Prevention & Treatment

Can Preterm Birth be Predicted?

Preterm Birth occurs in 8 – 10% of all pregnancies.

However, two important factors determine whether that risk is increased in a particular patient. These are:

A. History of Preterm Birth: • A patient with a history of one previous preterm birth has a 10 – 20% chance of delivering prematurely again.
• A patient with a history of two or more previous preterm births has up to a 40% chance of delivering prematurely again.

B. Cervical length:
The length of the cervix is measured by transvaginal ultrasound as of 12 weeks gestational age.
The following measurements for cervical length have been suggested:
Longer than 2.5 cm: there is a ~97% chance of delivering full-term.
Shorter than 2.5 cm: there is a ~40% chance of delivering prematurely.
Shorter than 1.5 cm: there is a ~50% chance of delivering prematurely.

Note that serial progressive shortening of the cervix with time is more reliable than a single measurement.

Can Preterm Birth be Prevented?

Many strategies have been suggested to promote a healthy pregnancy and increase the pregnancy’s duration.

1. Good Nutrition:
A well-balanced diet is an important part of a healthy pregnancy. Suggestions for healthy eating are outlined later in this book.

2. Quitting Smoking:
Smoking during pregnancy has been shown to increase the risks of delivering a baby preterm. Methods to help you quit smoking are discussed later in this book.

3. Modified Activity:
If you are at risk of delivering your baby early, your doctor may recommend that you rest at home. This option is discussed later in this book.

4. Infections:
Screening for and treating vaginal and urinary tract infections have been shown to decrease the risk of preterm birth.

The antibiotics used to treat these infections are SAFE FOR USE IN PREGNANCY.

5. Cerclage:
This method involves stitching the cervix closed, either as a preventative procedure early in the pregnancy or as an emergency procedure during the pregnancy.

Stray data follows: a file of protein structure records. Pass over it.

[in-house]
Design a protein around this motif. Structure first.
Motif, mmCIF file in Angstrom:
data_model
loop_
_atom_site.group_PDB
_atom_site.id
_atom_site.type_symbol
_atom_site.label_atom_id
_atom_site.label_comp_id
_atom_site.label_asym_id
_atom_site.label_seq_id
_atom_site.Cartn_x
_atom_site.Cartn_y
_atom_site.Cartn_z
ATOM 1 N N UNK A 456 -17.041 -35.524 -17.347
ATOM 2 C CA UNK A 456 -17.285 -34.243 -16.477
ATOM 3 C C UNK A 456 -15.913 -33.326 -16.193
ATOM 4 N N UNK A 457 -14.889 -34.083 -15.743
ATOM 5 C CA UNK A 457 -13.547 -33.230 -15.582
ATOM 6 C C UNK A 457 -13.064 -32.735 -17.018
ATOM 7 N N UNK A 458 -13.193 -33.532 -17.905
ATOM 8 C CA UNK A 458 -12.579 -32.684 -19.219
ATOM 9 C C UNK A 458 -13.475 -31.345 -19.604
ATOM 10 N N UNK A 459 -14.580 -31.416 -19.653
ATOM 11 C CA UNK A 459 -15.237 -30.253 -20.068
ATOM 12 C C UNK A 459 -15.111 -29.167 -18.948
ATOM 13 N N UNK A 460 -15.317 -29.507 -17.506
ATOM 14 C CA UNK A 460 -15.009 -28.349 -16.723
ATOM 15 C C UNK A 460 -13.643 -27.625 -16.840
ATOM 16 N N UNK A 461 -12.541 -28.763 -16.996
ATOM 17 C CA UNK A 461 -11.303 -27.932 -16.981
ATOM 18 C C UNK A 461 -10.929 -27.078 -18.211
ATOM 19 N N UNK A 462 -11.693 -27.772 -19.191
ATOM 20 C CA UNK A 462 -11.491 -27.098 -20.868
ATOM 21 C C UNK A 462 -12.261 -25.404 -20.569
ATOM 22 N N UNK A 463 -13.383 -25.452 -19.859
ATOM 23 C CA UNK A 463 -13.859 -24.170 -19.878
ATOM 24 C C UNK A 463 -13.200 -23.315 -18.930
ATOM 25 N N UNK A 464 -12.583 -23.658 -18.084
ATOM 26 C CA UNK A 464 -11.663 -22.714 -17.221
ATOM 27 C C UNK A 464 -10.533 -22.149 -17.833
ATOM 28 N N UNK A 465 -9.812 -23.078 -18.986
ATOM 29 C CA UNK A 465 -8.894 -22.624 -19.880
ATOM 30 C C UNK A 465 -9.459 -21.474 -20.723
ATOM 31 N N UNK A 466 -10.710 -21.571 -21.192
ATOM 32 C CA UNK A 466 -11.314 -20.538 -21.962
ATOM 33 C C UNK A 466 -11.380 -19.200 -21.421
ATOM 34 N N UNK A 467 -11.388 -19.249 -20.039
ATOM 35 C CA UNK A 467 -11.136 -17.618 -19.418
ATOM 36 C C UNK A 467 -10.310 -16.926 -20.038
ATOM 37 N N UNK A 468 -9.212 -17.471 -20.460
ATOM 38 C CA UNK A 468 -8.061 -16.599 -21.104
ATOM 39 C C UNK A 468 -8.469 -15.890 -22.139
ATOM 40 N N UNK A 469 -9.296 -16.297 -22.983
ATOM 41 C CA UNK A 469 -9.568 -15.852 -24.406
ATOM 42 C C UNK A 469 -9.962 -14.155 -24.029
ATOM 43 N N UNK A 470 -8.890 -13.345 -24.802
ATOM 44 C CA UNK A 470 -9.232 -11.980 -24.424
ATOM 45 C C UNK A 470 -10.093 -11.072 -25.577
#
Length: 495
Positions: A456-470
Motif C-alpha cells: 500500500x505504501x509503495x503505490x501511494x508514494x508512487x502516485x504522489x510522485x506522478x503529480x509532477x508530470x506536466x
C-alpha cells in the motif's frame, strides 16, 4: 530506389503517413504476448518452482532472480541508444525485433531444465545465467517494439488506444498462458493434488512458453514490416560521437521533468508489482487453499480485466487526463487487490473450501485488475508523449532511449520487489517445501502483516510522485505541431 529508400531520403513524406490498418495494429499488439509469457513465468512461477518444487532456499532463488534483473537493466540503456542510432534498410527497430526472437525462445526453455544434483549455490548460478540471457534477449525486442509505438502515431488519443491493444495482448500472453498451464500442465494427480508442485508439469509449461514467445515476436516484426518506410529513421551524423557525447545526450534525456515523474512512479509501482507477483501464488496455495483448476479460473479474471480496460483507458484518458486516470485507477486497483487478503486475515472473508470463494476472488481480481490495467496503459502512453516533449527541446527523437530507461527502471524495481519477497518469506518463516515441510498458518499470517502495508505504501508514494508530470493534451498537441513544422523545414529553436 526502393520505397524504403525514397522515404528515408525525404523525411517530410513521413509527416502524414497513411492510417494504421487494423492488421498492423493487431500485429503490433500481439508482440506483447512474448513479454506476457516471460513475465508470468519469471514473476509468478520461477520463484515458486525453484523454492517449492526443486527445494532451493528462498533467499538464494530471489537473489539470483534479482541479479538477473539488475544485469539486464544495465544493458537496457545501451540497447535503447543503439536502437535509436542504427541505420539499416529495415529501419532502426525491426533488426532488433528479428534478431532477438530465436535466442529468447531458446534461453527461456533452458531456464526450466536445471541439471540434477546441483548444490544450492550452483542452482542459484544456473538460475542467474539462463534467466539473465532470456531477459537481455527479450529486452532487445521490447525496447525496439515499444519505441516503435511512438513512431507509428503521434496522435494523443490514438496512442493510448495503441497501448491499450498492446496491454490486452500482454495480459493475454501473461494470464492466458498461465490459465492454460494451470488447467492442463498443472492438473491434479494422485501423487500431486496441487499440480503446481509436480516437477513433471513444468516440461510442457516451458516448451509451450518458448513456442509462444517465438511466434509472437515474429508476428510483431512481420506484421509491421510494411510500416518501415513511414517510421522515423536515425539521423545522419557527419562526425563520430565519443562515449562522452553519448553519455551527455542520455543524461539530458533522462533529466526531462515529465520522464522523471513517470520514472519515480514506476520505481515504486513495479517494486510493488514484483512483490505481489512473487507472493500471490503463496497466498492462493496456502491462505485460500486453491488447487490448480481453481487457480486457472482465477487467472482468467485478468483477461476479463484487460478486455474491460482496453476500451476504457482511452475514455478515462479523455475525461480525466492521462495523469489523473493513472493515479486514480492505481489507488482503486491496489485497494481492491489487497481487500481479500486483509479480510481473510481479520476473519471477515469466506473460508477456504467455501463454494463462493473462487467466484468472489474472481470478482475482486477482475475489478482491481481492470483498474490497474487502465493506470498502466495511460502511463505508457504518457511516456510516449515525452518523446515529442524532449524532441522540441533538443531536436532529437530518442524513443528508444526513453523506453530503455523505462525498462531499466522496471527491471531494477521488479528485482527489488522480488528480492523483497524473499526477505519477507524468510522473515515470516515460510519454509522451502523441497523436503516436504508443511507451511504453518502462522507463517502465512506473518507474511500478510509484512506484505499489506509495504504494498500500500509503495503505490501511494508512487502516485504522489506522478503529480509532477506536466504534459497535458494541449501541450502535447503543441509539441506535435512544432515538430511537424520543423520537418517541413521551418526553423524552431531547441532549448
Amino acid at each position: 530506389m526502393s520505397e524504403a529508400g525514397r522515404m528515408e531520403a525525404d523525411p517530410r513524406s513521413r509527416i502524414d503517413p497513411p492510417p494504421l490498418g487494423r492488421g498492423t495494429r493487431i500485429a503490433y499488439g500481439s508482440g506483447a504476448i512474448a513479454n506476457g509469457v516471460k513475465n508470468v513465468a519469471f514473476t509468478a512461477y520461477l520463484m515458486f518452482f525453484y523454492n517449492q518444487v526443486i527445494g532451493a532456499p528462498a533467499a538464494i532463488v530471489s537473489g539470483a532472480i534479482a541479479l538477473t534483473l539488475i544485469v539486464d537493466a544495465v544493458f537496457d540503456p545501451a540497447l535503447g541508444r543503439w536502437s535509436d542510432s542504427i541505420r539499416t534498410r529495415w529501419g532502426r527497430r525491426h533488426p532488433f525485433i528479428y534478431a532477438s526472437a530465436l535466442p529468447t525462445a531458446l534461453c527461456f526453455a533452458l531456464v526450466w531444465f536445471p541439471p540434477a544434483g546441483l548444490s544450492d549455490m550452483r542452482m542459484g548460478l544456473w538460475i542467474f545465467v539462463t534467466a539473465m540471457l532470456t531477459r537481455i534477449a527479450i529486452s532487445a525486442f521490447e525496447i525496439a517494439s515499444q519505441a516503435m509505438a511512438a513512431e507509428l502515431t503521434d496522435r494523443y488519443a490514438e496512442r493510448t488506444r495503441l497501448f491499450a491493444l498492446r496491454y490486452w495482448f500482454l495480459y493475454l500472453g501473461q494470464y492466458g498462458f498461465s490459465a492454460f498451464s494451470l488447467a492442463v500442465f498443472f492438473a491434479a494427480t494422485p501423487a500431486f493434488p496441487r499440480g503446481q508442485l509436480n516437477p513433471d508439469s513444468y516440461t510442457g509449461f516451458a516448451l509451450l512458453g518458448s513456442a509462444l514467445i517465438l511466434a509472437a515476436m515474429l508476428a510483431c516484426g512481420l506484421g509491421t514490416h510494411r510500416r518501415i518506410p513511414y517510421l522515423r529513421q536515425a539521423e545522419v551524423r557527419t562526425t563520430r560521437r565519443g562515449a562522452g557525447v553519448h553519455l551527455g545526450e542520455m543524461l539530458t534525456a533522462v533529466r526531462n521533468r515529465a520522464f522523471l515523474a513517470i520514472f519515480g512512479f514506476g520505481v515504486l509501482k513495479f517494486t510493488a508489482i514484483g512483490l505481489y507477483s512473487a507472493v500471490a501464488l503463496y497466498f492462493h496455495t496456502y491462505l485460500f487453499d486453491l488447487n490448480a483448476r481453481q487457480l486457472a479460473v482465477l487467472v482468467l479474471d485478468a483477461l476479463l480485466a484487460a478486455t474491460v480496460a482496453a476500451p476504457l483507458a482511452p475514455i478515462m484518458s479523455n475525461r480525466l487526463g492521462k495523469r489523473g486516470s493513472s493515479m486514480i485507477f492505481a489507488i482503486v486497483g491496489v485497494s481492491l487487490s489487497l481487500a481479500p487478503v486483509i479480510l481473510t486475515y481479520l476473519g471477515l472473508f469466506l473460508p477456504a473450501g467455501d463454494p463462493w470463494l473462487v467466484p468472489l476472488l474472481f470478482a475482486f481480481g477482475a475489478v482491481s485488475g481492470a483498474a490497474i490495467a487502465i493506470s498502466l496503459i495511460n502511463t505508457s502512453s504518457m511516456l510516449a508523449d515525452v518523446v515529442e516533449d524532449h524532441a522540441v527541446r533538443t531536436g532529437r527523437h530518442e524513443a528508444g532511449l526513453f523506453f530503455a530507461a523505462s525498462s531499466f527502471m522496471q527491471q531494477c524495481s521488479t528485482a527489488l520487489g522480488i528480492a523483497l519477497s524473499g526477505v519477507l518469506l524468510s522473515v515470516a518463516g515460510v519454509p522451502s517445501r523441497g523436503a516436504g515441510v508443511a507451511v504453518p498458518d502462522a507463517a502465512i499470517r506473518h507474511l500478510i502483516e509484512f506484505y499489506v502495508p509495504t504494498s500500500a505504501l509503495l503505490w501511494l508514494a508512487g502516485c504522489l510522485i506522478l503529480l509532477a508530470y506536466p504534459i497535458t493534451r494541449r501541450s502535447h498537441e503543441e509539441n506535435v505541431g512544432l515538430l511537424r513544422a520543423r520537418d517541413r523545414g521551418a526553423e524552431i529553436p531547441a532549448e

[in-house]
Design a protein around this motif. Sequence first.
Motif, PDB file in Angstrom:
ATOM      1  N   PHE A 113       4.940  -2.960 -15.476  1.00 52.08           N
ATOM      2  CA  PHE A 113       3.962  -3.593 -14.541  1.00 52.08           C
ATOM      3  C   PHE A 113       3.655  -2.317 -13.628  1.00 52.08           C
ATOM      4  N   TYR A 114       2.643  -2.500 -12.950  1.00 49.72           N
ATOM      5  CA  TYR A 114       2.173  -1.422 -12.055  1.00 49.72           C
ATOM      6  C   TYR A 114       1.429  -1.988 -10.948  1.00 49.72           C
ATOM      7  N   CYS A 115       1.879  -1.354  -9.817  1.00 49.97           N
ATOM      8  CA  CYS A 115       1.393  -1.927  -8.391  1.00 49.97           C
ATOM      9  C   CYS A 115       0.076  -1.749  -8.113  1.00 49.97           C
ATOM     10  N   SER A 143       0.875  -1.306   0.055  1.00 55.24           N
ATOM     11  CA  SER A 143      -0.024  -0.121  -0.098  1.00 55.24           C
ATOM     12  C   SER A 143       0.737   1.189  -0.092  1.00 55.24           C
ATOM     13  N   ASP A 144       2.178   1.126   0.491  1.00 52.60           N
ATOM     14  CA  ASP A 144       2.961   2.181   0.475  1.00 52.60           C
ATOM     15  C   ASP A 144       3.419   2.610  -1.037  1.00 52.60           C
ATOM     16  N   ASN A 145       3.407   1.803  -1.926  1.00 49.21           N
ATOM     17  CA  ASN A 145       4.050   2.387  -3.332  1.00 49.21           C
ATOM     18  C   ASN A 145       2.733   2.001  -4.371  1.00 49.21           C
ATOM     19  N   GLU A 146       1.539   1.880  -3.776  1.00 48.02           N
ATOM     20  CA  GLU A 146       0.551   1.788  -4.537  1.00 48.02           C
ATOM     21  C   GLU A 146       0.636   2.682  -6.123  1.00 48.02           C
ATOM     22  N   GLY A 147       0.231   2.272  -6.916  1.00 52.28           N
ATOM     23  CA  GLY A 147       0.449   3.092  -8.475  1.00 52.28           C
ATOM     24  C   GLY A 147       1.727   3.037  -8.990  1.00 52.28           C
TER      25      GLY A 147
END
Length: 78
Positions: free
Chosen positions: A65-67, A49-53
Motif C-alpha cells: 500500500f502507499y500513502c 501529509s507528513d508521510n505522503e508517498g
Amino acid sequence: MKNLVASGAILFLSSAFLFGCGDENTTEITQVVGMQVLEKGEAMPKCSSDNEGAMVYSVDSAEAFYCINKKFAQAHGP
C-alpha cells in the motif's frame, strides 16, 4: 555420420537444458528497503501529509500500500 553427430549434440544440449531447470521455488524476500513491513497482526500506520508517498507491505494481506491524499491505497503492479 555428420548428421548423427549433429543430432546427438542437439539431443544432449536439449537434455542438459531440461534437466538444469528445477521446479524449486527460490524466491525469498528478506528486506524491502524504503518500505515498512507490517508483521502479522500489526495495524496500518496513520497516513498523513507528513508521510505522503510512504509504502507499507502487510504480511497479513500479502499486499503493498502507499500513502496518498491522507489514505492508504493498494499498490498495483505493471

There are two types of Cerclage:

A. Vaginal Cerclage:

a) McDonald Cerclage: the stitch is placed around the neck of the cervix, at the top of the vagina, like a purse string.

b) Shirodkar Cerclage: the stitch is placed through the walls of the cervix like a noose.

Both of these procedures achieve the same effect.

B. Abdominal (Cervico-Isthmic) Cerclage:

The stitch is placed, by laparotomy (through an abdominal incision) or laparoscopy (using a telescope) or by vaginal dissection at the junction between the cervix and the uterus like a purse string.
This stitch is indicated only in patients with:
• An absent vaginal portion of their cervix
• A previously failed vaginal cerclage

This stitch is permanent, and requires the patient to deliver by Cesarean Section.

Cerclages may not be appropriate for everyone and may not prevent all cases of preterm birth. Talk to your doctor about whether a cerclage is right for you.

6. Drugs to Treat Preterm Labour

Contractions of the uterus that open the cervix may be treated by certain medications.
The most commonly used are:
• Indomethacin (Indocid TM)
• Nifedipine (Adalat TM)
• Trinitryl glycerine (Nitro Patch TM)

These medications are useful in slowing labour. This is important in order to:
• transfer the mother to a high-risk centre
• give the mother steroid (Celestone TM) help the baby’s lungs develop.
These medications may also help relieve a uterus that is irritated and contracting, but not in true labour.

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Approach to the Prevention of Preterm Birth and Care Plan

Special Pregnancy Program

Referrals »

Fetal Medicine: 416-586-4800 x 7756
Fax: 416-586-3216

Maternal Medicine: 416-586-4800 x 7000
Fax: 416-586-5109

Main clinic hours: Monday to Friday, 8am to 4pm

Prenatal Diagnosis & Medical Genetics

Referrals »

phone: 416-586-4800 x 4523
fax numbers:
416-586-4723 or 416-586-8384

Perinatal Mental Health

Referrals »

Phone: 416-586-4800 x 8325
Fax: 416-586-8596